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Belgium is famous for its chocolates, waffles and Belgian Frites, but it has so much more to offer than just culinary delights. Cities like Antwerp and Bruges as well as impressive buildings like the Cathedral of Our Lady are also high on the list of reasons to visit. It’s no wonder that Belgium is a holiday destination that campers love: Thanks to excellent transportation networks, you can quickly and easily head into the city from the campsite, or you can camp along the coast of the North Sea and be only a stone’s throw away from the water. Many campsites also offer varied entertainment programmes for all ages, so you’re guaranteed to have a great time. Let us show you some of the best places to go camping in Belgium.
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The reference price represents the total cost of one night during peak season and includes 2 adults with a car & caravan plus electricity & local taxes.
The reference price is designed to be a guideline for comparing campsites.
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When you’re on the road in Belgium, you should avoid using a radar detector. Not only do you run the risk of getting hefty fines (that only double for repeat offenders!), but you could also even be put behind bars for several days or even up to three months. As if that wasn’t enough, the device will be collected and destroyed. Navigation systems with POI-functions are allowed.
It’s not particularly easy to go wild camping in Europe, and Belgium is no exception. Generally speaking, wild camping is forbidden here. Spending the night in your car at a car park is allowed for one night. That way, drivers can rest and head back on the road fully refreshed. If you’re caught wild camping, though, your holiday budget will shrink significantly.
Taking the dog for a walk on the beach is an absolute must for many pet owners on holiday. If you’re travelling to Belgium with your four-legged friend, be sure to read up on the rules and regulations of your particular holiday destination. If and when dogs are allowed on the beach depends entirely upon the community. During the summer months, peak travel time, pets are often not allowed on the beach. In some communities, dogs must also be on a lead all year round. Pitbull owners should take special care, as the breed is banned in many Belgian communities. “Dangerous” breeds must wear a muzzle.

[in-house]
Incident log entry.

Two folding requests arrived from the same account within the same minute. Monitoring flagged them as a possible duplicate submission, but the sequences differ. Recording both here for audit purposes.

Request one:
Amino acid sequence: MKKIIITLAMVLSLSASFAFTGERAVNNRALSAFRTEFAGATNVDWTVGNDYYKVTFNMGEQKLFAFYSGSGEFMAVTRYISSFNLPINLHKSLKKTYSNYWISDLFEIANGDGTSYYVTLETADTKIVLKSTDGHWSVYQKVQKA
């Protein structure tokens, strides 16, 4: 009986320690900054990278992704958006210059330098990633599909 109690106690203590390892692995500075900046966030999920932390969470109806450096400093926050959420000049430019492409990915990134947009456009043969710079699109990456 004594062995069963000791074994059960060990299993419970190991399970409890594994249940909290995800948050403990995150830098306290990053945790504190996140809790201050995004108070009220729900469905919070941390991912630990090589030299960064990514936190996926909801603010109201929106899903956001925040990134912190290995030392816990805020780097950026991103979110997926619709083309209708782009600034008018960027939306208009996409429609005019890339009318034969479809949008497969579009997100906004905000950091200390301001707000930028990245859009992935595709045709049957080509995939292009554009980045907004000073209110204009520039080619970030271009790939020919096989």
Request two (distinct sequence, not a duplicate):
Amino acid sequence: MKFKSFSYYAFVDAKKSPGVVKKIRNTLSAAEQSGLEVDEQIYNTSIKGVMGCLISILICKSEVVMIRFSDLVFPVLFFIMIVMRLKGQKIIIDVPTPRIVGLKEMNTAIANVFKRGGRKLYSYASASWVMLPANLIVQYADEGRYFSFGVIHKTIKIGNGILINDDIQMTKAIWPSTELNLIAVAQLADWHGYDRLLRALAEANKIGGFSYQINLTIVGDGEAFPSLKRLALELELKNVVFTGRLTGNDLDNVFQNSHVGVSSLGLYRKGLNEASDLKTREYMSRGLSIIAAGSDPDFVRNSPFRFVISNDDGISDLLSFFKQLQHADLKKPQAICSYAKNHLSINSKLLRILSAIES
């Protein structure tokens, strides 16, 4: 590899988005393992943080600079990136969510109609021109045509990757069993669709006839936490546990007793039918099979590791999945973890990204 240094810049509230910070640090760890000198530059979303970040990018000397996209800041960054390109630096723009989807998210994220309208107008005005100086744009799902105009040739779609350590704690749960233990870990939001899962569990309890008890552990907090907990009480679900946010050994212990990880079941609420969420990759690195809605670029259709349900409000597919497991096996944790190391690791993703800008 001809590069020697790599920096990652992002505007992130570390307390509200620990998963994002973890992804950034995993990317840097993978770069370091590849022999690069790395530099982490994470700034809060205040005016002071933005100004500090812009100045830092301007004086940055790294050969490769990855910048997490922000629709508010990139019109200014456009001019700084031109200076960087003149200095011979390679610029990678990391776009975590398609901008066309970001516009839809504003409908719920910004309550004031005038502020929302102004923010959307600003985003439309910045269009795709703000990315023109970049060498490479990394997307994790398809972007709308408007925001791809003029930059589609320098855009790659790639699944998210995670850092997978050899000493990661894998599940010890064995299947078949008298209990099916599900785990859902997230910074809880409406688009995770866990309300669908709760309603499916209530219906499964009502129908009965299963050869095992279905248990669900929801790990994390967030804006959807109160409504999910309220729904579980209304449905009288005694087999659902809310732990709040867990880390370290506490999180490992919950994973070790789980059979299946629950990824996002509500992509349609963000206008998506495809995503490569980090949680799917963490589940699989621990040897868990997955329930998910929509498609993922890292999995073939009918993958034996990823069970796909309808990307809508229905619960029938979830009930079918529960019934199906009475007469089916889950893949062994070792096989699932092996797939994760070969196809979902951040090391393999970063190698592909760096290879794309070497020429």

Every year, the Tomorrowland Festival draws thousands of visitors from all over the world to the Belgian city of Boom with its fairytale backdrops and band lineup. If you’re looking to snatch up a pitch on one of the campsites around Boom during festival season, be sure to book well in advance. Tents are allowed on the festival grounds, but motorhomes and caravans are not, and wild camping is forbidden. If you want to avoid the crowds and have a relaxing holiday, make sure you know when the festival is and plan around them.
Sure, you’ll enjoy a glass of alcohol or two when celebrating or relaxing under your motorhome’s awning. That’s not an issue, either, as long as you don’t get behind the wheel after the fact. The drink-drive limit in Belgium is 0.05% (50 mg), and if you’re caught driving with too much alcohol in your system, you’ll face high fines.
In built-up areas in Belgium, the speed limit is 50 km/h, and it’s 120 km/h on motorways. If you are driving with a caravan, it’s recommended that you drive 100 km/h or slower.
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